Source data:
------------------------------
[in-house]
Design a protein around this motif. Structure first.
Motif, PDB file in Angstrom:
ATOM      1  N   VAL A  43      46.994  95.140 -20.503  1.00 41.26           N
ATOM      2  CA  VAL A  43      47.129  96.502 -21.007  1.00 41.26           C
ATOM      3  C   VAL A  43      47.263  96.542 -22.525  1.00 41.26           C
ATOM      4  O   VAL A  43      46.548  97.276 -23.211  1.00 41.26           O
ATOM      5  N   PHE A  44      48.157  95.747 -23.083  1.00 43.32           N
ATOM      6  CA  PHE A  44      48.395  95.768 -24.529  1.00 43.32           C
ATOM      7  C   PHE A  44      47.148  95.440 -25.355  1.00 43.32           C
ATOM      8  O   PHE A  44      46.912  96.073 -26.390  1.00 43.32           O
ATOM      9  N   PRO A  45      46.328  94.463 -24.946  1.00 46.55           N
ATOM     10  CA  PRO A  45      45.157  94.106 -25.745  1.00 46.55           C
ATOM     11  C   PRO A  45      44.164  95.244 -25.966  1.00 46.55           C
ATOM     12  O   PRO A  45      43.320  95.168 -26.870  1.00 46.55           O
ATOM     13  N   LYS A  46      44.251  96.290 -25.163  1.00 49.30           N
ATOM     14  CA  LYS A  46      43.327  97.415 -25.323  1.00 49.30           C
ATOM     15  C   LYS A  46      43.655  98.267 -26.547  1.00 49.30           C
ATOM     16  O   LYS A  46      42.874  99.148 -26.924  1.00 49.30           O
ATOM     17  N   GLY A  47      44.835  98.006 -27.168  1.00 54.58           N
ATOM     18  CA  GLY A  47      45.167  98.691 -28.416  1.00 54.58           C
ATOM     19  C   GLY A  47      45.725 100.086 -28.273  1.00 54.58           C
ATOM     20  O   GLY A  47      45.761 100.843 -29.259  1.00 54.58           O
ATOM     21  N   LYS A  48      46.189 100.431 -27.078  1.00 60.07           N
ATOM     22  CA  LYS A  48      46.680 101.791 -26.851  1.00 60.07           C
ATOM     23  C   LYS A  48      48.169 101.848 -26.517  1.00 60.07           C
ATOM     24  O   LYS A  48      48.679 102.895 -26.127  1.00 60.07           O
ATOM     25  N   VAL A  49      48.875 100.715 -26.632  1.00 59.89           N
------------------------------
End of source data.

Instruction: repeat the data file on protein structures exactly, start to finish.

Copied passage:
[in-house]
Design a protein around this motif. Structure first.
Motif, PDB file in Angstrom:
ATOM      1  N   VAL A  43      46.994  95.140 -20.503  1.00 41.26           N
ATOM      2  CA  VAL A  43      47.129  96.502 -21.007  1.00 41.26           C
ATOM      3  C   VAL A  43      47.263  96.542 -22.525  1.00 41.26           C
ATOM      4  O   VAL A  43      46.548  97.276 -23.211  1.00 41.26           O
ATOM      5  N   PHE A  44      48.157  95.747 -23.083  1.00 43.32           N
ATOM      6  CA  PHE A  44      48.395  95.768 -24.529  1.00 43.32           C
ATOM      7  C   PHE A  44      47.148  95.440 -25.355  1.00 43.32           C
ATOM      8  O   PHE A  44      46.912  96.073 -26.390  1.00 43.32           O
ATOM      9  N   PRO A  45      46.328  94.463 -24.946  1.00 46.55           N
ATOM     10  CA  PRO A  45      45.157  94.106 -25.745  1.00 46.55           C
ATOM     11  C   PRO A  45      44.164  95.244 -25.966  1.00 46.55           C
ATOM     12  O   PRO A  45      43.320  95.168 -26.870  1.00 46.55           O
ATOM     13  N   LYS A  46      44.251  96.290 -25.163  1.00 49.30           N
ATOM     14  CA  LYS A  46      43.327  97.415 -25.323  1.00 49.30           C
ATOM     15  C   LYS A  46      43.655  98.267 -26.547  1.00 49.30           C
ATOM     16  O   LYS A  46      42.874  99.148 -26.924  1.00 49.30           O
ATOM     17  N   GLY A  47      44.835  98.006 -27.168  1.00 54.58           N
ATOM     18  CA  GLY A  47      45.167  98.691 -28.416  1.00 54.58           C
ATOM     19  C   GLY A  47      45.725 100.086 -28.273  1.00 54.58           C
ATOM     20  O   GLY A  47      45.761 100.843 -29.259  1.00 54.58           O
ATOM     21  N   LYS A  48      46.189 100.431 -27.078  1.00 60.07           N
ATOM     22  CA  LYS A  48      46.680 101.791 -26.851  1.00 60.07           C
ATOM     23  C   LYS A  48      48.169 101.848 -26.517  1.00 60.07           C
ATOM     24  O   LYS A  48      48.679 102.895 -26.127  1.00 60.07           O
ATOM     25  N   VAL A  49      48.875 100.715 -26.632  1.00 59.89           N